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The first Italians consumed tomatoes. It is believed that the wild species of tomatoes grew for the first time in the pre-Columbus period between the Andes in South Africa and the region between Peru and Ecuador - Bolivia. Its introduction to Central America and Mexico is considered to have been brought to the north by indigenous migrants. The fruit that belongs to the Lycopersicon sp. (Tomato) plant by those in this region, where the locals migrated, was named “tomate” and “tomato”.

The reason for giving these names; This is because the word “tomati” in the local language used means that it has many seeds in succulents. Tomato moved to Europe in the 1550s after Christoper Columbus discovered America on October 12, 1492, which sailed on August 3, 1492.

After this period, tomatoes were seen as ornamental plants. The first Italians began to consume tomatoes. There is evidence to prove that British and Spanish cultivated tomatoes as ornamental plants in the 1570s. The French named it as “pomme d 'amour”, the British as “love apple” and the Italians as “poma d' oro”.

North America Thought Tomato Was Poisonous
There is another interesting story about tomatoes. All pizzas were cooked without using tomatoes in an average of 2 thousand years, from the 6th century BC, from the Iranian period to the 1550s Italy period, until the poor people of Napoleon began to add tomato on the pizza period. Since tomatoes were noticed in Italy after the middle of the 18th century and started to be used on pizzas, their cultivation started to become widespread.

There was information that tomatoes were grown as ornamental plants in greenhouses in England during the 1800s. Her return to America took place in the 1780s. After this return, Thomas Jefferson started growing tomato in Virginia in 1781. In 1812, it was produced and consumed under the influence of France in the South New Orleans region. Unfortunately, until 1840s, tomato cultivation was not spread, considering that it was poisonous in North America.
Turkey May Have About 300 Years Of History Tomatoes
Tomato's coming to Turkey Although there is no clear information about the average parallel with the development in Europe is thought to be demonstrated with a 300-year history. It is in the records that it started to be consumed in green form in the first periods and that it was called as the Frankish Witch. During the period between 1718 and 1730, which coincided with the Tulip Period, information was found that Damat İbrahim Pasha, who was a vizier for Ahmed III, had received tomatoes in his monthly expense book kept in 1723.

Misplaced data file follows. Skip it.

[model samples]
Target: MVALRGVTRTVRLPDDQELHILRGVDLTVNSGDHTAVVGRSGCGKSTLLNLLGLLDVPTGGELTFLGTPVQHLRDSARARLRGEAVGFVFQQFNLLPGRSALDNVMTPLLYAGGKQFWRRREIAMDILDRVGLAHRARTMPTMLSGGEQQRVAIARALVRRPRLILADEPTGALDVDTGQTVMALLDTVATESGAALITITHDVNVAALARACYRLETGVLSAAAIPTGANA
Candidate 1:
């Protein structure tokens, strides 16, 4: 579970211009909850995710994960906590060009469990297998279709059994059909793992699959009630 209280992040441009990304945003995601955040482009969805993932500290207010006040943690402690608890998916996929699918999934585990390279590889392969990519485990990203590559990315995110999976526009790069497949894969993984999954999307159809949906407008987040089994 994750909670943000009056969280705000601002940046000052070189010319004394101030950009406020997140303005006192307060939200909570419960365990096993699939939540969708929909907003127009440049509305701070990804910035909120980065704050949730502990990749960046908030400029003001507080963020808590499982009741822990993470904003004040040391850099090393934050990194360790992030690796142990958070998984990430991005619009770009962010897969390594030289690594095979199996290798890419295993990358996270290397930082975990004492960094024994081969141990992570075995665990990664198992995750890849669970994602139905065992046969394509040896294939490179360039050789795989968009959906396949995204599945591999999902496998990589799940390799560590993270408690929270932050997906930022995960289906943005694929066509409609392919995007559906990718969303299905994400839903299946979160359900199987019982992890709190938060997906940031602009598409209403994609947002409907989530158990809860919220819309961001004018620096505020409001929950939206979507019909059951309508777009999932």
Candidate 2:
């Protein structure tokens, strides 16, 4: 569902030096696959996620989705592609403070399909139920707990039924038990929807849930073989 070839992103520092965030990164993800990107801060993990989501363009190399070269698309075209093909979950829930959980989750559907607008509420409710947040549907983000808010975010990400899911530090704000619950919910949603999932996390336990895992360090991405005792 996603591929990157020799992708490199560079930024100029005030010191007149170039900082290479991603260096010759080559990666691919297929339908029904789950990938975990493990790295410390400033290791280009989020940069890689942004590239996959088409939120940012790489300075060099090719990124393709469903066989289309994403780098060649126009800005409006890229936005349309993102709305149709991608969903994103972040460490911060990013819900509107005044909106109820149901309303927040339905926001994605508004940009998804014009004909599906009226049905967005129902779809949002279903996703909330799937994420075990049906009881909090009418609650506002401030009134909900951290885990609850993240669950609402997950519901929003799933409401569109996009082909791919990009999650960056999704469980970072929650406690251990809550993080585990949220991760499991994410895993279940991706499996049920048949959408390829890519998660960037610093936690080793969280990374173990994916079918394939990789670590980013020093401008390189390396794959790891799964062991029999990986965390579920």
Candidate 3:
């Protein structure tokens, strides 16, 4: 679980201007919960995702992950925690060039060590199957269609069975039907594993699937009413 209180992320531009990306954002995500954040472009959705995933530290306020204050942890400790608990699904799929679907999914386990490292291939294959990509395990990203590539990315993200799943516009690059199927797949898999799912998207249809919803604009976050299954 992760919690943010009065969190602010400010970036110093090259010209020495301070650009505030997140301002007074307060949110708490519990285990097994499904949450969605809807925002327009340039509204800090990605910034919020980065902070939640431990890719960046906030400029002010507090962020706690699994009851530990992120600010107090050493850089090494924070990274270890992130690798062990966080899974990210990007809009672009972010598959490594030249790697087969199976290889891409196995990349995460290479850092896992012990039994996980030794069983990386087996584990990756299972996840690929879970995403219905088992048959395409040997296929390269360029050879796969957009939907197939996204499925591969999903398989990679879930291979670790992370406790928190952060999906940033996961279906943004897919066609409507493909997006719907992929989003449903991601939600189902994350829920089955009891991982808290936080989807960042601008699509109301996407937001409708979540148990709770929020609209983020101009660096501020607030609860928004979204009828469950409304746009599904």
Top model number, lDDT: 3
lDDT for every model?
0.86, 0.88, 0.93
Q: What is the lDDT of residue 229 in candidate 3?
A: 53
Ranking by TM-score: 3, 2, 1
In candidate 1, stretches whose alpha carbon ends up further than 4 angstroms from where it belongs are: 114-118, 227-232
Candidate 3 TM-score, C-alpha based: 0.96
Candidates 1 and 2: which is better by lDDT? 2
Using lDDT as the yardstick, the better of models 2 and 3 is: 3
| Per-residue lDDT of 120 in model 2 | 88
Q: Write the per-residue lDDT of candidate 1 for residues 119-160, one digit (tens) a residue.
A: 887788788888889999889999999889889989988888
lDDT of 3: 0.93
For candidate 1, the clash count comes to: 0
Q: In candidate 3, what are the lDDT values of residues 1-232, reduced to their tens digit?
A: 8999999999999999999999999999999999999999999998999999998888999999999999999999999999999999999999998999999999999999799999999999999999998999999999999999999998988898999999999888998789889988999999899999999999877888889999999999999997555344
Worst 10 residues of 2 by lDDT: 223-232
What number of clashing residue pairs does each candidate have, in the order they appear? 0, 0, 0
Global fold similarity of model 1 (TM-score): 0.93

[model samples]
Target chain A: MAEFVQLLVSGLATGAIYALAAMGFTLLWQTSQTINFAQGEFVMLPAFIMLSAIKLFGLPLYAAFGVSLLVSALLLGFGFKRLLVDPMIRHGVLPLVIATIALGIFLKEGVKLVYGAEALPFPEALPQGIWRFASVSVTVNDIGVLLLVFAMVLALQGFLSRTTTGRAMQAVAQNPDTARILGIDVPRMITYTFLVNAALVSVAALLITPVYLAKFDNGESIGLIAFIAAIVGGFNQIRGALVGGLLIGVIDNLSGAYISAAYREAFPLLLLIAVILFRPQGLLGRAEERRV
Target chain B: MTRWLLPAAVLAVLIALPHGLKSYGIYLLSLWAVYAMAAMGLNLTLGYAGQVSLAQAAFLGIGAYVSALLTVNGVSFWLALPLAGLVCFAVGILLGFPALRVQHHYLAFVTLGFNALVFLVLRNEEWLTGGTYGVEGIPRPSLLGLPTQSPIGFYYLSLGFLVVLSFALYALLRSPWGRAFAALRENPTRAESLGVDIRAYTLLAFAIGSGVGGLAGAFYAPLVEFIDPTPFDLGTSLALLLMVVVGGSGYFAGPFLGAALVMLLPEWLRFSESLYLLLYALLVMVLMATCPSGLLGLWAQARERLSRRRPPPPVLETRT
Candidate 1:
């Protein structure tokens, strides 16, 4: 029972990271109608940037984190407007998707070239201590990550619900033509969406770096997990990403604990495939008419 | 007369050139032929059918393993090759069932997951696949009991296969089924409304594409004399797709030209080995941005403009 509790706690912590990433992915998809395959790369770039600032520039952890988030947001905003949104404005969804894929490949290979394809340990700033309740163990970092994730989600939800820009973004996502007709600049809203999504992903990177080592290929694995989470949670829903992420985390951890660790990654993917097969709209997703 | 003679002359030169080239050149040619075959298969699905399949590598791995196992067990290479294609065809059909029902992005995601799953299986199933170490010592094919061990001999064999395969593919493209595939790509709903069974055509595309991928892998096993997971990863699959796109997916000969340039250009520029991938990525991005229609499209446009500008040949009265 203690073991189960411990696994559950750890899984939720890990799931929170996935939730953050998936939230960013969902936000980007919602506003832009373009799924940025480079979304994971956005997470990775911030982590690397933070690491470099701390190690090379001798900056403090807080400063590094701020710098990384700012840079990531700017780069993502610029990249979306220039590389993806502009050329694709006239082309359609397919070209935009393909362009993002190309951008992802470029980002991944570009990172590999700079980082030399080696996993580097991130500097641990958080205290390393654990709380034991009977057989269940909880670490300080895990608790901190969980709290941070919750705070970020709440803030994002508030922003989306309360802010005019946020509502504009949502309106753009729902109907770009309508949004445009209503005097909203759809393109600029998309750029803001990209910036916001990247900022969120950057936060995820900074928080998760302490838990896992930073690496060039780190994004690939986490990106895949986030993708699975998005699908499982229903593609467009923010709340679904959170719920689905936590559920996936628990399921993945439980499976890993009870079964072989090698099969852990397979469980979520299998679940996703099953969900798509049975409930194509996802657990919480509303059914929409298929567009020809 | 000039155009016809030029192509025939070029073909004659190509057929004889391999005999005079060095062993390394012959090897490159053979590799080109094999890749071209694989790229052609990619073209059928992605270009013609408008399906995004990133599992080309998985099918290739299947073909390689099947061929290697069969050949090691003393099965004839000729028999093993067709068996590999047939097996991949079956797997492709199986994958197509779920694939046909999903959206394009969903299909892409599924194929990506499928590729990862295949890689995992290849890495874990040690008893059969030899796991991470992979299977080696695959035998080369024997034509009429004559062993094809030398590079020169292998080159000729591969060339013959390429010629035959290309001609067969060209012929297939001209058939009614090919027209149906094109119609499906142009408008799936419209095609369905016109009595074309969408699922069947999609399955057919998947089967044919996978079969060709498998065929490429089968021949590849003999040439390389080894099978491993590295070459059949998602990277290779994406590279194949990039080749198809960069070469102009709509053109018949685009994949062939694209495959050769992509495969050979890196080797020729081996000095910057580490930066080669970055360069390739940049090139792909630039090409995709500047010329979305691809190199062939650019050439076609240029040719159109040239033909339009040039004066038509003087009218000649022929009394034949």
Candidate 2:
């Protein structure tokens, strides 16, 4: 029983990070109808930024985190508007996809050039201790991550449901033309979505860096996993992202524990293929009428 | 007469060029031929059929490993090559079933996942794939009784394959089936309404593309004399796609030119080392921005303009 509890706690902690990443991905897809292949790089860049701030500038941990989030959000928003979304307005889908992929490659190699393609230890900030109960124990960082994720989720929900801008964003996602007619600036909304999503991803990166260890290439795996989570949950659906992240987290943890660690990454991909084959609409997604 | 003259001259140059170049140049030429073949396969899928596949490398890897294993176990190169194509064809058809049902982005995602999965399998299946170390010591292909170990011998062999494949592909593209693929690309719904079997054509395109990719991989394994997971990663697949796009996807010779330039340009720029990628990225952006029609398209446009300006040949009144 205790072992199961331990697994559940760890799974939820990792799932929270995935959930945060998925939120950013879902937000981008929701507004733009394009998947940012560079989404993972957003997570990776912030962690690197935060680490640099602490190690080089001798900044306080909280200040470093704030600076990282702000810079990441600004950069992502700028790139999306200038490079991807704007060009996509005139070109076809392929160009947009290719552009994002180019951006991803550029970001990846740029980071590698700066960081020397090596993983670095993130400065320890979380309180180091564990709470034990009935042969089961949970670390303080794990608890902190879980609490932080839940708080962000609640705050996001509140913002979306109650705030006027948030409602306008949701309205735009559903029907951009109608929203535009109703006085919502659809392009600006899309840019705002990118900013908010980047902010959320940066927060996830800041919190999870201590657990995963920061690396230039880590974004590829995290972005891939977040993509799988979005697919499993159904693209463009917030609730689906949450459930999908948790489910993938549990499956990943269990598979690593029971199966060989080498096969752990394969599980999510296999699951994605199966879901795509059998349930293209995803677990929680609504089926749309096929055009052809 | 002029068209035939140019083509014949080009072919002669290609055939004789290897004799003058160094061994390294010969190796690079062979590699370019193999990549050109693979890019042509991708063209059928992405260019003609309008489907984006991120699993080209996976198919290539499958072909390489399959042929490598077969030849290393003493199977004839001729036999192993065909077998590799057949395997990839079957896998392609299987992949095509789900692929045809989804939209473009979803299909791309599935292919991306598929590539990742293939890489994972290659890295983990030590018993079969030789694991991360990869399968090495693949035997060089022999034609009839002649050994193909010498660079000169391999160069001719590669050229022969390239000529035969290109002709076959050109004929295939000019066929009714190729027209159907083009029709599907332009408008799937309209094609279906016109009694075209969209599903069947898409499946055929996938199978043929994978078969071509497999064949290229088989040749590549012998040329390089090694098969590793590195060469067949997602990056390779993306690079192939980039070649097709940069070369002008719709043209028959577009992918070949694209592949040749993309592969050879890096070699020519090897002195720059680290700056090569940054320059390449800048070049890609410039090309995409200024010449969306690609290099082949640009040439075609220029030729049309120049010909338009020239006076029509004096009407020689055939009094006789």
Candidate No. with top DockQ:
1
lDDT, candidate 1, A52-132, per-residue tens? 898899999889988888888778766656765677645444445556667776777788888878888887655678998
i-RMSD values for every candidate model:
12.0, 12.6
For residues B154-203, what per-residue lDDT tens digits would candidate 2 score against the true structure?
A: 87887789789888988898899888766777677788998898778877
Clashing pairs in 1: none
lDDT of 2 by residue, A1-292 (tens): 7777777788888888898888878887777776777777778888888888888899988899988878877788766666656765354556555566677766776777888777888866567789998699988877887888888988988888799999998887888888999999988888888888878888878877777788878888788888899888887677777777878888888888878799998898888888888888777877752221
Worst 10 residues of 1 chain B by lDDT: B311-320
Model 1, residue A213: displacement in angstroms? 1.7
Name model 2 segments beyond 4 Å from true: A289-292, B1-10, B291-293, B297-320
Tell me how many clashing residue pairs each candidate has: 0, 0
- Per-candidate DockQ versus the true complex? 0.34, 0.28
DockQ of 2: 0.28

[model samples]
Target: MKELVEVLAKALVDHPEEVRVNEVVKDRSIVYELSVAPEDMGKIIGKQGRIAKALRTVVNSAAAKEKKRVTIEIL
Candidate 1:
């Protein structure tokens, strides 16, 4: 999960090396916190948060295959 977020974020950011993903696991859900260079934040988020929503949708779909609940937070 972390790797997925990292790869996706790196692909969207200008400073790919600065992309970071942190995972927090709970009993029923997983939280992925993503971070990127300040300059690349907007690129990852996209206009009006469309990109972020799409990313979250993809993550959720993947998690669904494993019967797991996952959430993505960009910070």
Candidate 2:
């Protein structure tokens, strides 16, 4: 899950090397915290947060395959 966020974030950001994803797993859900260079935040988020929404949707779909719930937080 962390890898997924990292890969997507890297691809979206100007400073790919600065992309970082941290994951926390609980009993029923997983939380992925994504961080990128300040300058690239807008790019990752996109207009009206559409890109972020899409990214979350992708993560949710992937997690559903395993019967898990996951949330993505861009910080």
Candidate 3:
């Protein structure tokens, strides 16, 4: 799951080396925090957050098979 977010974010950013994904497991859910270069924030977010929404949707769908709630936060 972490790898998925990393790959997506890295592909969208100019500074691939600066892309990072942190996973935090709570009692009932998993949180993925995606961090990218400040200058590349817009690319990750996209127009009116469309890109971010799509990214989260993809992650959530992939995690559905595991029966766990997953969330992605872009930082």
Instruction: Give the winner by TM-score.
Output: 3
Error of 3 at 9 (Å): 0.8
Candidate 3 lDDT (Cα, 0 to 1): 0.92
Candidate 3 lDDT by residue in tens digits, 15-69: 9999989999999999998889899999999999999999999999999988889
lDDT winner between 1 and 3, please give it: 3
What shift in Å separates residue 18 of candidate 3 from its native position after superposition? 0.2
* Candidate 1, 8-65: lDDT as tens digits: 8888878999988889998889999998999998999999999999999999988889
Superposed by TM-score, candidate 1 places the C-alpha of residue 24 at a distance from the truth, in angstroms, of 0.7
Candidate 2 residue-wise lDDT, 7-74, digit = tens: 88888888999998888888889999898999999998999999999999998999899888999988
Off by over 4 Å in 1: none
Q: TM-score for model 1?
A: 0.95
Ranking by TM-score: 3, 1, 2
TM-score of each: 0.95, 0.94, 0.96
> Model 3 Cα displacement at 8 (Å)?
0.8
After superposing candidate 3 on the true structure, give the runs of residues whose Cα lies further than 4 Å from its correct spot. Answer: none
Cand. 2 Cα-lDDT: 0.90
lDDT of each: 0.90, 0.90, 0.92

Today, tomatoes are called "pomodoro" by the Italians, "pomodori" in their plural form, "tomate" by the French and "tomates" in the plural sense. The impact of those names that Turkey has 'also used the name of spreading the Italians are not in French, the French Levantine families and at that time France' educational life sustaining Turkey with students in Turkey who are considered to have more influence of the French teachers.

Why Did Fatih Sultan Mehmet Ban The Tomato?
An event that has been discovered with the new discovery and reading of a manuscript in Topkapı Palace has been discovered, which has remained hidden due to the fact that this manuscript has not been read so far. In this manuscript, it was learned that during the conquest of Istanbul, Sultan Mehmet Han tried to poison using tomato. The tomato, which started to be used after the conquest of Istanbul, was very popular with Fatih.

When this was learned by the Byzantine collaborators and the weather was good that year, tomatoes were grown in Turquoise in the Iznik region. It was learned that Admetos tomatoes, which were grown at that time and which are not unfortunately now, were brought to Ortaköy by Üsküdar. The two people who brought the specially grown tomatoes to this area were caught after being brought into the sea, after being caught and placed in the sack in the Maiden's Tower.
Before these two people brought the tomatoes, they put the needle covered with the poison called the hemlock poison into the stalks of the tomatoes, allowing the poison to enter the tomatoes, and after this process, they sent them to the Otağ - ı Hümayun, which was established in the meadow area of the area where İnönü Stadium was located. He was registered by Nüvis at that time.

According to the information written in the manuscript, while this was in preparation to be presented to Sultan, it was revealed that the poison in the tomato mixed with blood and died in a very short period of time after the tomato was chopped by a taster by Abbas Aga. Having learned about this situation, Sultan Mehmet Han immediately ordered that the edict be prepared and announced and banned the cultivation and cultivation of tomatoes in all the lands within its borders.

Unfortunately, the red stoned stone in the grave that Abbas Aga ordered to be buried has not been preserved until today. For this reason, Abbas Aga has taken his place among the anonymous heroes. The ornaments in the sultan's mahfil in the mosque, which was built by Fatih in 1458, were therefore decorated with tomato flowers. The prohibition of tomatoes was lifted thanks to the efforts made by İbrahim Müteferrika, who brought the printing press 280 years after that incident. Since then, tomatoes continue to maintain their place in today's table. Admetos tomatoes used for poison at that time can only be found in engravings today.

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